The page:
The NPRM proposes the following:

  • If interference is shown to, or from, any other station, FM translators should have greater flexibility to move to another available frequency — rather than simply sign off the air
  • A minimum of six complaints should be required to support an interference claim — establishing a burden of proof on full-power stations
  • Revised rules, needed to clarify and standardize complaint requirements
  • Proposed technical criteria, used to assess actual and predicted interference
  • An outer distance limit, created beyond which interference complaints would not be actionable. 

The latter proposal is intriguing, as this could negate an out-of-market station from alleging interference from a co-channel translator — thus rendering KDFC’s argument moot.

Then, there’s the fight against BNPFT-20180503ACB, a new FM translator at 100.1 MHz in Newburgh, N.Y. As RBR+TVBR reported on August 1, 2018, CHET-5 Broadcasting’s WDST-FM 100.1 in Woodstock, N.Y. is fighting to stop the co-channel FM translator from signing on 45 miles to the south. The translator is also a first-adjacent to iHeartMedia’s Top 40 WHTZ-FM “Z100,” which can be heard in-car across the area as of today.

Then, there’s the long-running and now-concluded tussle between Tom Birch’s Lakes Media and Arohi Media in the Raleigh-Durham market. In November 2018, after months of frustration, thousands of dollars in legal and engineering bills and difficulty in reaching listeners across four counties in North Carolina’s Triangle region, Birch — an individual known for many years as the founder of radio industry research firm Birch/Scarborough Corp. — could finally rejoice.

FM translator W234AR was silenced — this time, for good.

The facility, owned by Arohi Media, shared the same dial position as Lakes’ Class C3 WLUS-FM 98.3, licensed to Clarksville, Va. For roughly two years, Lakes Media argued that the approval of W234AR by the FCC was flawed. While WLUS’s “fringe signal” as shown in Radio-Locator.com as encompassing all of Durham and much of neighboring Raleigh, to the east, WLUS’s “distant” signal is just to the north of Arohi’s translator.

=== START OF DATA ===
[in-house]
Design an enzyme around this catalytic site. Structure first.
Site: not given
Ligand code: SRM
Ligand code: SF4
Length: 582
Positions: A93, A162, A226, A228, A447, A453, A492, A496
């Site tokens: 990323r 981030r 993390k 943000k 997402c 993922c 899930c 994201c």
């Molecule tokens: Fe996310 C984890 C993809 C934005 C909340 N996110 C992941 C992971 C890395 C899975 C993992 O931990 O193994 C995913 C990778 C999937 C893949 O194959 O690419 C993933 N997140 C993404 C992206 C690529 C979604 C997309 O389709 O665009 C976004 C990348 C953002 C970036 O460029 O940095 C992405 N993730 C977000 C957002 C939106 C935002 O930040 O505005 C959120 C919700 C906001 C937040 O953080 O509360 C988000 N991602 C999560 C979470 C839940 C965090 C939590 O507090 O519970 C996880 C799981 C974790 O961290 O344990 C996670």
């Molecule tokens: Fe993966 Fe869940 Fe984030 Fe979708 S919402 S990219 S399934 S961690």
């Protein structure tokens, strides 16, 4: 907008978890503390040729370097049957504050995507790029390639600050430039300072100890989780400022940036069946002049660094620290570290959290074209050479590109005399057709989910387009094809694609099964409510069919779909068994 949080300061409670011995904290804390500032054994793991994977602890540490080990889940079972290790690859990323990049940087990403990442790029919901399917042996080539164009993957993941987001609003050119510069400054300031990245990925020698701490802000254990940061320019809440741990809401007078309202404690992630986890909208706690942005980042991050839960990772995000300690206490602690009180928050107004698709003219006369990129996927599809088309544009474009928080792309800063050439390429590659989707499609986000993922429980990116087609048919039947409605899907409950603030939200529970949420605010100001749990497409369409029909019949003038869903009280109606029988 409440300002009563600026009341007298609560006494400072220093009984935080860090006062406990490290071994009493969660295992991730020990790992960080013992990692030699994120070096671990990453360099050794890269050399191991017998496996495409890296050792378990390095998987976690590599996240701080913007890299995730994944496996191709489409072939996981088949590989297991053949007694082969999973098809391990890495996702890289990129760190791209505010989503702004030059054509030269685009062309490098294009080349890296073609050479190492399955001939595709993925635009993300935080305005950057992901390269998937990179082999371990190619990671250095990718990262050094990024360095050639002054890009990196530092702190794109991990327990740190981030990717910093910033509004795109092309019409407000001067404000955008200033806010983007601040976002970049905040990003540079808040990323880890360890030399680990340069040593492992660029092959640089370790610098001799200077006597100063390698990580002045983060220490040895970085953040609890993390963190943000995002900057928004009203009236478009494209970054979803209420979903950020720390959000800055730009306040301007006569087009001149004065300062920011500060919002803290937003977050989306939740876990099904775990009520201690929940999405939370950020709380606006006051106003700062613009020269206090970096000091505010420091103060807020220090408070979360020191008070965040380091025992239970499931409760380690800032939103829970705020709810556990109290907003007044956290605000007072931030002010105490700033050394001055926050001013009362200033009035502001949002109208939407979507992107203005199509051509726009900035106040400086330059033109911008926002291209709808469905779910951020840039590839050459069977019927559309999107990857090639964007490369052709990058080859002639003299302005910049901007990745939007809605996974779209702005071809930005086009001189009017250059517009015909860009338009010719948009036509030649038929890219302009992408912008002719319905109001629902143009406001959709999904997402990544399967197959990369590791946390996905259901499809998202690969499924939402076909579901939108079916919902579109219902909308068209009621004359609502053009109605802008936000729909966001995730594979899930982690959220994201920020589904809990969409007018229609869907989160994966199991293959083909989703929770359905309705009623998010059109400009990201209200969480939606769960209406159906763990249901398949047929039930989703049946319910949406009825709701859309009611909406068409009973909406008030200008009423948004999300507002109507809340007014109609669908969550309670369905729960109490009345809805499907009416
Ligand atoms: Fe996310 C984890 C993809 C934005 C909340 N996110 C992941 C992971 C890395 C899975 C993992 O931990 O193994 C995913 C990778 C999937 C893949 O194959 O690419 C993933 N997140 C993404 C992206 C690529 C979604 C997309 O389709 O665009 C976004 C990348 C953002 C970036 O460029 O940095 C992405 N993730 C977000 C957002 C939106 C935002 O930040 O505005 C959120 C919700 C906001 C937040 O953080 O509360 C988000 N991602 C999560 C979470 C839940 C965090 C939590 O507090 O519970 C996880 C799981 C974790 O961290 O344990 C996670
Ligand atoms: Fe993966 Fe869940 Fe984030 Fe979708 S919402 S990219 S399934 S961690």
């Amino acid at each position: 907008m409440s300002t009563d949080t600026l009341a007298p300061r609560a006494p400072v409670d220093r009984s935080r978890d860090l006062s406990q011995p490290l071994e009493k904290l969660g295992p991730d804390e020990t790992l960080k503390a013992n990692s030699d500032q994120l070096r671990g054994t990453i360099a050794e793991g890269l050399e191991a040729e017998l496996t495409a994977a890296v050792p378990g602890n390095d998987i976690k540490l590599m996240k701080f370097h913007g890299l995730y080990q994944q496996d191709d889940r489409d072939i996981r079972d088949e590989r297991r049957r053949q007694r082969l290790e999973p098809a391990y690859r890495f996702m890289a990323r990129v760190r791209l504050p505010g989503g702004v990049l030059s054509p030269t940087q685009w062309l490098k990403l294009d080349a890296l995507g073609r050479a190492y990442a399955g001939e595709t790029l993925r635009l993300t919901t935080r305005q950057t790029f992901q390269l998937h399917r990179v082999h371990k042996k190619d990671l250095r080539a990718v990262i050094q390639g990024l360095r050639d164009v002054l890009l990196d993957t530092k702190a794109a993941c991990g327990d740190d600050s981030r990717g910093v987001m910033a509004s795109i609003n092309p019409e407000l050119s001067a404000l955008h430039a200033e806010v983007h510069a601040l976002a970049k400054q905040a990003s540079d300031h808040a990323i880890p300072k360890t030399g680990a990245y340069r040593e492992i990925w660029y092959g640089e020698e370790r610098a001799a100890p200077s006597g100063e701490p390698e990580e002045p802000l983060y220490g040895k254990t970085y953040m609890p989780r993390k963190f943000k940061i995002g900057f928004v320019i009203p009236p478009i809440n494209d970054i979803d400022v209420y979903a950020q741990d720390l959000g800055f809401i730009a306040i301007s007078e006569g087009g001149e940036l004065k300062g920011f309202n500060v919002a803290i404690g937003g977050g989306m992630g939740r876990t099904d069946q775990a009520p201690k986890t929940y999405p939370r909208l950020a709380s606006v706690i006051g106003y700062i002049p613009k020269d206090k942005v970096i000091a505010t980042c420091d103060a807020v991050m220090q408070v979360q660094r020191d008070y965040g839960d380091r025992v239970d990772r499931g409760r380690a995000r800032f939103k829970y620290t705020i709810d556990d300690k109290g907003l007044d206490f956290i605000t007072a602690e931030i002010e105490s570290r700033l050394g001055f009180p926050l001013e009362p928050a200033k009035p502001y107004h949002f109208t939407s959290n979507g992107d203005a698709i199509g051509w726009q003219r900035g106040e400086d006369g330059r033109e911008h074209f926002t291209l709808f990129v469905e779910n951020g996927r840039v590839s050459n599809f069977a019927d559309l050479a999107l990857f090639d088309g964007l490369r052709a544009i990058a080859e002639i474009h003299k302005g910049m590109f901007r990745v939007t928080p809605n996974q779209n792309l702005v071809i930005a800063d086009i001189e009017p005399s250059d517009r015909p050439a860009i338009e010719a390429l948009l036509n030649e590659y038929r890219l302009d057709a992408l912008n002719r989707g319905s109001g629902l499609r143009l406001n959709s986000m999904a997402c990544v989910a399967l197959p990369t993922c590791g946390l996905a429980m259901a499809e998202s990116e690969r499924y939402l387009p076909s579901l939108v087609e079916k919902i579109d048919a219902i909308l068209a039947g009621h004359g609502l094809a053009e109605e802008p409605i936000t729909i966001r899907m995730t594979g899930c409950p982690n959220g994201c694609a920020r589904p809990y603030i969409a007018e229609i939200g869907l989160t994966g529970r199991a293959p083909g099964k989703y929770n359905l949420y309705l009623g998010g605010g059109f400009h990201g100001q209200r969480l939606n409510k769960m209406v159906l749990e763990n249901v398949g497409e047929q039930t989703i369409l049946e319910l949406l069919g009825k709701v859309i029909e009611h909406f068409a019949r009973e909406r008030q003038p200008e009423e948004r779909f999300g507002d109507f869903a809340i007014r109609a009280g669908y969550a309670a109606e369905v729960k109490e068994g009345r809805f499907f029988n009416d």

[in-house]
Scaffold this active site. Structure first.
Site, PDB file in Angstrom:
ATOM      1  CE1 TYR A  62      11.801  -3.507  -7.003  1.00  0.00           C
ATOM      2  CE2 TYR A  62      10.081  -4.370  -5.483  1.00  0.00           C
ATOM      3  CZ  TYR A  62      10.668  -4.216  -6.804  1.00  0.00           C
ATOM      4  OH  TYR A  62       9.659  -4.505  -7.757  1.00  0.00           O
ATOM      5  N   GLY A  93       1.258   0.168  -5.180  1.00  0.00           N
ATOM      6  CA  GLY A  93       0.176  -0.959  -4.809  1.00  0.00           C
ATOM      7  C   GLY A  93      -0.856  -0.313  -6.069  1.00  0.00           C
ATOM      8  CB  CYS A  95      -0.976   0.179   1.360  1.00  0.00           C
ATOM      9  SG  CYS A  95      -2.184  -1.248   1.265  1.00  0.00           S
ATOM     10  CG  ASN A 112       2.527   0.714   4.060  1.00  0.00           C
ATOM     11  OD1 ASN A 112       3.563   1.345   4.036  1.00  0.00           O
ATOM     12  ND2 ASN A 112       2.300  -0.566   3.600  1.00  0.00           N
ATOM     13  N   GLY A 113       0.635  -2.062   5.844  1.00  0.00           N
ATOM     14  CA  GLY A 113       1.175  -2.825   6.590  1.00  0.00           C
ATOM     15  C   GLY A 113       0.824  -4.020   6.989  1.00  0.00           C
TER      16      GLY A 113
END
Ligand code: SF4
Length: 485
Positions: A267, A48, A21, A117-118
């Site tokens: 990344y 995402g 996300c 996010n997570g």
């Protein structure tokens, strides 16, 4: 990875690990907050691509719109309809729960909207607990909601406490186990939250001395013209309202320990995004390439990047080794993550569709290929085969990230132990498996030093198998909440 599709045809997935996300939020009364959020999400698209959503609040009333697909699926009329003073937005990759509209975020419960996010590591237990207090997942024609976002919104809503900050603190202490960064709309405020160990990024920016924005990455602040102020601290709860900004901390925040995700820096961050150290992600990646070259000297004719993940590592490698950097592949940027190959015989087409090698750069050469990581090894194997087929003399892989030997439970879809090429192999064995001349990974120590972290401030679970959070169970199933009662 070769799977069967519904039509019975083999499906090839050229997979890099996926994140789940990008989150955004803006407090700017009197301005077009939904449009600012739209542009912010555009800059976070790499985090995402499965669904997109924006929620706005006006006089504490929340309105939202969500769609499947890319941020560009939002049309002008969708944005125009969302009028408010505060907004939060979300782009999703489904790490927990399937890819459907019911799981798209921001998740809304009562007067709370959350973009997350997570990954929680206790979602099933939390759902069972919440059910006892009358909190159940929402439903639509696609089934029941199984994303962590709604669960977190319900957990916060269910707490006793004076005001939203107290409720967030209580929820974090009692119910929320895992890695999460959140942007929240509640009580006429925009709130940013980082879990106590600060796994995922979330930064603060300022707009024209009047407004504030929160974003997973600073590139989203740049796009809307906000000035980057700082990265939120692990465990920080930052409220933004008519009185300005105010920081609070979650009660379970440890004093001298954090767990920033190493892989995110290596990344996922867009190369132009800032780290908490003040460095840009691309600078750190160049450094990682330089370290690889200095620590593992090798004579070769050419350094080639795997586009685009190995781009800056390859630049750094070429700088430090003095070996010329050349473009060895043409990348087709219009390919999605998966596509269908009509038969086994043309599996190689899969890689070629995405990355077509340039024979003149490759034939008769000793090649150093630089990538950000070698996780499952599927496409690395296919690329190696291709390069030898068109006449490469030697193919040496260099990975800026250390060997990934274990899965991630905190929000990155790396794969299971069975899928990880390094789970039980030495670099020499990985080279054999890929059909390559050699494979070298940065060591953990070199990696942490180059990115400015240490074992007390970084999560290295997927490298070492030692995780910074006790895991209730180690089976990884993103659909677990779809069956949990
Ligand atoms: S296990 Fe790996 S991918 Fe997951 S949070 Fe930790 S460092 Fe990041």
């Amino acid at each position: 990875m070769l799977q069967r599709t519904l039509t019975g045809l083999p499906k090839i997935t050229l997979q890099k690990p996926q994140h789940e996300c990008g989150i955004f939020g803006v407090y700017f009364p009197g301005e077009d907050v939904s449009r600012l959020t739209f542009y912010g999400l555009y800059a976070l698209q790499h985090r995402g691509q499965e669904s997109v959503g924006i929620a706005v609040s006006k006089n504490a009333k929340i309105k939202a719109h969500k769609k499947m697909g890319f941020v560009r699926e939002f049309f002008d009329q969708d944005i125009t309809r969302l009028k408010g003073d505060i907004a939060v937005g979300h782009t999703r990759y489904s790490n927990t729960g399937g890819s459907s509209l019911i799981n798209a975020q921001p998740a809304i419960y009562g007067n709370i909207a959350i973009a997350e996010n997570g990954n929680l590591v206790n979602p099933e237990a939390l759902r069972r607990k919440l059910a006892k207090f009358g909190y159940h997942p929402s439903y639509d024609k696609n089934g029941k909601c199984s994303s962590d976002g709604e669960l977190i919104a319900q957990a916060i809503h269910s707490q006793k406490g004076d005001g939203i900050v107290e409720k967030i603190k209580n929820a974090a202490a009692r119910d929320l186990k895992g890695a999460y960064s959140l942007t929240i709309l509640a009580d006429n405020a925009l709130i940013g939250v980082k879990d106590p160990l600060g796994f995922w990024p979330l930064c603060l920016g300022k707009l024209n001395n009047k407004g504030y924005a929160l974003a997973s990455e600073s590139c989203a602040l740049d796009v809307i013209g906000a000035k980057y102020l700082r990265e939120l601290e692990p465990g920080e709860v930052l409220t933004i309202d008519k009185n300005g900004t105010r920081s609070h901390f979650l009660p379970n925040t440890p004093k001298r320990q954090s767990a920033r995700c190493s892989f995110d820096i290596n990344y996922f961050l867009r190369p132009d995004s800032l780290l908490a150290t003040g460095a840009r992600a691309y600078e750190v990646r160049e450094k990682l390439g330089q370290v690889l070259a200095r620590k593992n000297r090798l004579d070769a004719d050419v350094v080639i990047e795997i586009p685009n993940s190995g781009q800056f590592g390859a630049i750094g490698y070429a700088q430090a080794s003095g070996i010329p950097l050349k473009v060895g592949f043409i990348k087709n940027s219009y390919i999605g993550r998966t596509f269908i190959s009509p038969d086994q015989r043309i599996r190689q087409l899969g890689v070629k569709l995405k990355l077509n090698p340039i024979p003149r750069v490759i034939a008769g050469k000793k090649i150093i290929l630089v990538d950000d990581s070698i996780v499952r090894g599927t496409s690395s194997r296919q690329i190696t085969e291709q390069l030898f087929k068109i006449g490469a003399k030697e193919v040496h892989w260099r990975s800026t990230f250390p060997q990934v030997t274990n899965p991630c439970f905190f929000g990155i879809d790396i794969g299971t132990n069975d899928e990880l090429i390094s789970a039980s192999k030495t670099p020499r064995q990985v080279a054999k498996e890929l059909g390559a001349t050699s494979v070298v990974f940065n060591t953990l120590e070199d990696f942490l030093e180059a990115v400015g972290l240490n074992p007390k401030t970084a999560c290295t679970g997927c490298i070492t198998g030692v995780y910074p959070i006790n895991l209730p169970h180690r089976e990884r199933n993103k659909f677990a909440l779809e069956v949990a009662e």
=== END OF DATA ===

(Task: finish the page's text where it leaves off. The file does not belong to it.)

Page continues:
The result had been a saga that spanned 26 months and provided a litmus test of sorts to LPFM and translator supporters who seek local, community voices and believe “rimshot” or out-of-market signals should be used to deliver what larger corporate-owned stations don’t.

The May vote could swing such scenarios in the favor of the FM translator owner. But, the FCC hopes that it will not come at any expense — or loss of signal — to a full-power station.

“These proposed changes are designed to provide greater certainty to full-power stations regarding complaint requirements, limit contentious factual disputes and ensure prompt and consistent relief from actual translator interference,” the NPRM says.

Chairman Pai and Commissioners O’Rielly, Carr, and Rosenworcel approved the NPRM, with O’Rielly and Carr issuing separate statements. Thus, there is likely to be unanimity in the May vote on “MB Docket No. 18-119,” formally known as Amendment of Part 74 of the Commission’s Rules Regarding FM Translator Interference.

It was presented in May 2018 as the final item retiring Audio Division Chief Peter Doyle presented to the Commission, concluding 23 years at the Commission and nearly 17 years in his most recent role.

— Ed Ryan contributed to this story from Las Vegas